“Use the Elevated!”: The Boston Elevated Railway Promotes its Services in 1926
By Anna J. Clutterbuck-Cook, Reader Services
On July 1st, riders on the Massachusetts Bay Transit Authority (MBTA) rail and bus system saw fare increases that brought the cost of a single local bus ride to $1.60 and a single rapid transit (“T”) ride to $2.10. In light of this change, and the ongoing discussion within the Boston metropolitan area -- as well as across the country -- about the place of mass transit in the fabric of our lives, I thought it would be timely to look back at the history of Bostonians transit options.
The history of “mass” transportation in the Boston area actually begins much earlier than one might assume, with the commencement of stagecoach service between Boston and Cambridge in 1793. The nineteenth century saw an expansion of horse-drawn omnibuses and railcars, then a conversion to electric trolley lines in the late 1800s. This shift came about in part due to organized opposition to the harsh treatment of the working horses. The 1890s also saw the construction of the first subway tunnel in the United States, Boston’s Tremont Street Subway completed in 1897. By the 1920s there were hundreds of miles of streetcar, elevated, and subway tracks wending their way through Boston, many of them run by the Boston Elevated Railway Company. In 1926, the Elevated issued a Guide and Information Book for riders which offers us a glimpse at what public transit was like almost a century ago.
In 1926 the fare for a single ride on the local rail and bus lines in Boston was ten cents, or $1.30 in today’s currency (adjusted for inflation). As today, the company struggled to make needed improvements in service on the income these fares produced. In a section of the pamphlet titled, “USE THE ELEVATED,” the company exhorted Bostonians to use the railway “operated by the public and for the public.” According to the company’s 1925 ridership statistics, the average resident rode the railway less than once per day. Their faith in the public’s civic engagement is admirable as they proceed to provide a line-item budget for needed improvements and suggest that “If the population served had traveled an average of once a day per capita … revenue would have increased by $7,800,000”! Would that Bostonians of today responded to such fiscally-minded challenges to “use it more”!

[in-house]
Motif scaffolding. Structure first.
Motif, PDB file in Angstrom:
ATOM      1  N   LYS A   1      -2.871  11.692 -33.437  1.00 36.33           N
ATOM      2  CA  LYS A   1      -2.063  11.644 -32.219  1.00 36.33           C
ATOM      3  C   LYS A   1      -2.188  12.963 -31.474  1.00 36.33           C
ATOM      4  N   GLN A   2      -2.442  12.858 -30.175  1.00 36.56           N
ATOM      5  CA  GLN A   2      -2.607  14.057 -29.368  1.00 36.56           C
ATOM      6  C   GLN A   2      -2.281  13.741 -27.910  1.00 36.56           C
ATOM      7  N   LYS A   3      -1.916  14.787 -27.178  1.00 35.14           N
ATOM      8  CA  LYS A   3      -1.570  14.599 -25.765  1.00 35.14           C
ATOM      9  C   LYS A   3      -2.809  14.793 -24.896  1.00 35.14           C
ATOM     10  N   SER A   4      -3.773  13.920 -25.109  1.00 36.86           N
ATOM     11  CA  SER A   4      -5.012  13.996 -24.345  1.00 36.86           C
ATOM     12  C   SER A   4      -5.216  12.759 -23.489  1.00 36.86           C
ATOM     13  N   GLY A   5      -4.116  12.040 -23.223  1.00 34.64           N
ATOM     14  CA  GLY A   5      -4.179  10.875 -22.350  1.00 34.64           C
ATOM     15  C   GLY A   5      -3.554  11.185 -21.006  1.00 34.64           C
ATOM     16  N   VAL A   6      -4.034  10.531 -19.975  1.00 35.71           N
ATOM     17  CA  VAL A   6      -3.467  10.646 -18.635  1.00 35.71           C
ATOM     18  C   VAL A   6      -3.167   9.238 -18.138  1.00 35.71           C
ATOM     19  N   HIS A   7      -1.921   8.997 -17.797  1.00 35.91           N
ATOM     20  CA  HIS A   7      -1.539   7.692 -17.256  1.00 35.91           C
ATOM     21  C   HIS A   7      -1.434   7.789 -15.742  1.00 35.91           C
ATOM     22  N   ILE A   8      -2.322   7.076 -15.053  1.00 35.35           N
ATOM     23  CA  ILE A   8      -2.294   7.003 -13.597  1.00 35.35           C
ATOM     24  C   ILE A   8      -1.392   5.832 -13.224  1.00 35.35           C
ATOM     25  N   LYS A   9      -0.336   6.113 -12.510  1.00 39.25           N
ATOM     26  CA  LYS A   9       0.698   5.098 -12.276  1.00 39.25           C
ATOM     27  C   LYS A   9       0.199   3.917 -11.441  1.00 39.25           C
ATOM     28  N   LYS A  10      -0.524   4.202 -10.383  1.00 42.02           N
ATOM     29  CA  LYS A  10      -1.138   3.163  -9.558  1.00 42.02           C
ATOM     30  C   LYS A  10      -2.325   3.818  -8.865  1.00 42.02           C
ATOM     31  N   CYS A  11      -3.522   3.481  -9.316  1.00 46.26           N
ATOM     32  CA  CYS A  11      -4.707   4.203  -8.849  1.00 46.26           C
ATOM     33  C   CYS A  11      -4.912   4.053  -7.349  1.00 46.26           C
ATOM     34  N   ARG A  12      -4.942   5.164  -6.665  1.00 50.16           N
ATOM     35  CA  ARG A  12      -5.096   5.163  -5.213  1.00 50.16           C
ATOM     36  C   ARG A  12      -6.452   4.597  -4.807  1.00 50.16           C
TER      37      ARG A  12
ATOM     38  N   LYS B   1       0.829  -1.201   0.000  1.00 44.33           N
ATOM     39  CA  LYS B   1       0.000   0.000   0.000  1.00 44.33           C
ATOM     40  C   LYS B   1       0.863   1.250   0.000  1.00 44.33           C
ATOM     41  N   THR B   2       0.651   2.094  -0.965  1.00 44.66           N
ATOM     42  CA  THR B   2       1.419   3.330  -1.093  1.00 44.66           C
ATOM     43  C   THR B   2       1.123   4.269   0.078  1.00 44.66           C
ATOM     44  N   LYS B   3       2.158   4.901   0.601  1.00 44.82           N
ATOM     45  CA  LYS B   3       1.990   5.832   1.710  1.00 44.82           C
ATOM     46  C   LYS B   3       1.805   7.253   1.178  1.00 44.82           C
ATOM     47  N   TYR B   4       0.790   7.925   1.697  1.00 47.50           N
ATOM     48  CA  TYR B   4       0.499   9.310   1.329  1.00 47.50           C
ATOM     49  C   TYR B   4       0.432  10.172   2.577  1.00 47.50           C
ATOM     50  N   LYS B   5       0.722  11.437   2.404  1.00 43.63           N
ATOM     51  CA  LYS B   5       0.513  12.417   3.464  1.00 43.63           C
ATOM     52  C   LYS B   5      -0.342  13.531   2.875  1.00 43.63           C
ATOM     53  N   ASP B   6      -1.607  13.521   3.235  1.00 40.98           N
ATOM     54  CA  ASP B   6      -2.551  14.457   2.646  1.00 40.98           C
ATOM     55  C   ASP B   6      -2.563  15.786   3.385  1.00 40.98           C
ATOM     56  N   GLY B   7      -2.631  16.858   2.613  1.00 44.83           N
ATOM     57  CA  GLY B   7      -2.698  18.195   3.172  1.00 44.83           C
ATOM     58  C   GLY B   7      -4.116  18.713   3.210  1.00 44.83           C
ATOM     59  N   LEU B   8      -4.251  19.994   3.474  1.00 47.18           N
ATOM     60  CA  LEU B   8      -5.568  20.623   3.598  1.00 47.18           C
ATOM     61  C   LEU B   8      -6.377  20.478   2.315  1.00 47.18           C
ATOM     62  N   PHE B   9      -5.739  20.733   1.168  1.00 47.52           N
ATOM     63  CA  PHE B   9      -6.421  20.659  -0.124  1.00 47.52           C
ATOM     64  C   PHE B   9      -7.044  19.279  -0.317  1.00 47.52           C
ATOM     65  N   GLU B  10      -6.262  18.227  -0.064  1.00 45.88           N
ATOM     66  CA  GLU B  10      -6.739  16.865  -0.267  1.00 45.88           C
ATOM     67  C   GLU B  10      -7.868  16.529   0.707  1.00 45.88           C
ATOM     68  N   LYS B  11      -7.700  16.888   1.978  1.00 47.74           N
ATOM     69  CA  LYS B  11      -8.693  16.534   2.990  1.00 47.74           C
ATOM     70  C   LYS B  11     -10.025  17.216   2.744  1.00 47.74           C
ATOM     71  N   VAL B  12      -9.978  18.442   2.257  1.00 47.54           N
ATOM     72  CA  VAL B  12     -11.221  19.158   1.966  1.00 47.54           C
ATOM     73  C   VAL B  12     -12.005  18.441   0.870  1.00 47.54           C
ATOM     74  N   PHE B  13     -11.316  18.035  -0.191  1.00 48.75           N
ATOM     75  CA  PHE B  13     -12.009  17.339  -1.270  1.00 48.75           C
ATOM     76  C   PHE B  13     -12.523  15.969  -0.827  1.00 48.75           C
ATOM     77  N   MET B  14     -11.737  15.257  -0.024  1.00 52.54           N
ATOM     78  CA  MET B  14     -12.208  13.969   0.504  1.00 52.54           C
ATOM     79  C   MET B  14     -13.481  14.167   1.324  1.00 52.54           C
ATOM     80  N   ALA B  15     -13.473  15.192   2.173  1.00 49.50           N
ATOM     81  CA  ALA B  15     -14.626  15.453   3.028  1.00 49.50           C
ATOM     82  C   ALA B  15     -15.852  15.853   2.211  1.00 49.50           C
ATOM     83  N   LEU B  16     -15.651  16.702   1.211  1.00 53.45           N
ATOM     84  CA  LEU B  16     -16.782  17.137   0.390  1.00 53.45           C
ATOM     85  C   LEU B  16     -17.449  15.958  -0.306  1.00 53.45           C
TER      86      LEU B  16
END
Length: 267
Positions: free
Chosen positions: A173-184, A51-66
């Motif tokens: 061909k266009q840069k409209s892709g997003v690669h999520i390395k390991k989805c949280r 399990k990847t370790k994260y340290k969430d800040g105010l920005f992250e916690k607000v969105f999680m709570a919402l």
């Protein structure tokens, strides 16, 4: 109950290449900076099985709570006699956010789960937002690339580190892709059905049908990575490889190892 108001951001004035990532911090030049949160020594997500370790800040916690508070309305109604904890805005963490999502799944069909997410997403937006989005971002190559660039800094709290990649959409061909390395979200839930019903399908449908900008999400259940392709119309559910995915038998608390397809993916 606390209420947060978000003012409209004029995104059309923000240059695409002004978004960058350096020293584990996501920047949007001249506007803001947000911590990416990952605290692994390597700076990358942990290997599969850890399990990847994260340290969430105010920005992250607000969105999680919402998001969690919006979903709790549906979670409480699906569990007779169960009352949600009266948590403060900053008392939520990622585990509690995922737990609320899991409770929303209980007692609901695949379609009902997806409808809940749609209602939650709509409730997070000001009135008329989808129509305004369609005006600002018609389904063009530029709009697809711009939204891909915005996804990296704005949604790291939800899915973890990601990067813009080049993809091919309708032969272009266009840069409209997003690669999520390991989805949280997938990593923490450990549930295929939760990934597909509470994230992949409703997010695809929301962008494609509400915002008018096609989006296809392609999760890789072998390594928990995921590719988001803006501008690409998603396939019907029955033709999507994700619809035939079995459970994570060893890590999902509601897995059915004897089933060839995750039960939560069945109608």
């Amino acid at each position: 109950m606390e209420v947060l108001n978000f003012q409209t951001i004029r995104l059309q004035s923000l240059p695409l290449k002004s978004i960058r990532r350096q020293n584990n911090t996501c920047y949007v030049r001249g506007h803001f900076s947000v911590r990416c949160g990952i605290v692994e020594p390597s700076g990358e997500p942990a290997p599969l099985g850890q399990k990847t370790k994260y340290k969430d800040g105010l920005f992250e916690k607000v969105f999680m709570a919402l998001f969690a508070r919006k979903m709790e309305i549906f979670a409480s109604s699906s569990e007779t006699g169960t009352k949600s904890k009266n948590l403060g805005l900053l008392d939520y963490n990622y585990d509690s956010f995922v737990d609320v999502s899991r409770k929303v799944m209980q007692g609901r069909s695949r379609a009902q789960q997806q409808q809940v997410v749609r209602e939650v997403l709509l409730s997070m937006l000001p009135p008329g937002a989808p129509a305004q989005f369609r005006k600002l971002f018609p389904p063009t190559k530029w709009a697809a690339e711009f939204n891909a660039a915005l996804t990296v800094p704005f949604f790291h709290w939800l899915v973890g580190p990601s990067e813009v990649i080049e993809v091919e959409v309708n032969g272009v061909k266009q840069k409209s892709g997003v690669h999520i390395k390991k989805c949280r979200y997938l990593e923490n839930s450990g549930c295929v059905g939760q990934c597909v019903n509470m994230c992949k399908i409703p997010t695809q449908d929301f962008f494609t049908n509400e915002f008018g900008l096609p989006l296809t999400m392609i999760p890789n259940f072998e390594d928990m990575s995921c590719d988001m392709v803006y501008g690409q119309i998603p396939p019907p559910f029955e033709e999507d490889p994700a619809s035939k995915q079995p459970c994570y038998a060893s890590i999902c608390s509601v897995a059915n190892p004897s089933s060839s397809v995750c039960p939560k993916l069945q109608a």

With a network of railways and bus routes that trace similar routes to modern-day transit lines, then, as now, “the railway [offered] a solution for traffic congestion.” Even before the highway and automobile boom following World War Two, Bostonians wrestled with the problem of congested streets and long commutes. “At Governor Square and Kenmore Station in the … period between 5.30 to 5.45 P. M.,” the Guide reports, “there were 30 elevated units comprising 78 cars transporting 4178 passengers [while] 1204 automobiles [carried] 2057 passengers.” One pictures earnest civil engineers standing on each corner, pencil and notebook in hand, scribbling away.
The Guide also offers visitors to Boston a useful list of cultural and historical sites of interest, including our very own Massachusetts Historical Society (“Subway--Ipswitch Street car”). “To the resident or visitor,” the Guide concludes on the final page, “Boston offers an inexhaustible variety, whatever his [sic] inclination may be”:
If it be historical, here he may find the scenes of the events which shaped the early development of our country. If literary and education, its churches, libraries, schools and colleges; if artistic, in its galleries, museums and concerts halls where the world’s best of art and music may be seen and heard. … for amusement there are its theatres, skating rinks, baseball parks, boating and canoeing, trolley rides, automobile rides, and nearby all the delights of the seashore, salt water bathing, and excursion trips.
Such boosterism would definitely make modern-day Boston’s promoters proud.
Interested in exploring the history of Boston’s transportation network further? For a live-action tour through the history of Boston street cars, check out Civil Engineering student Gil Propp’s twenty-minute documentary film “Streetcar Tracks” available to stream at his website Boston Streetcars. And of course, researchers are always welcome to stop by the Massachusetts Historical Society (Green line T--Hynes Convention Center) to explore our holdings!
| Published: Wednesday, 9 July, 2014, 1:00 AM
This Week @ MHS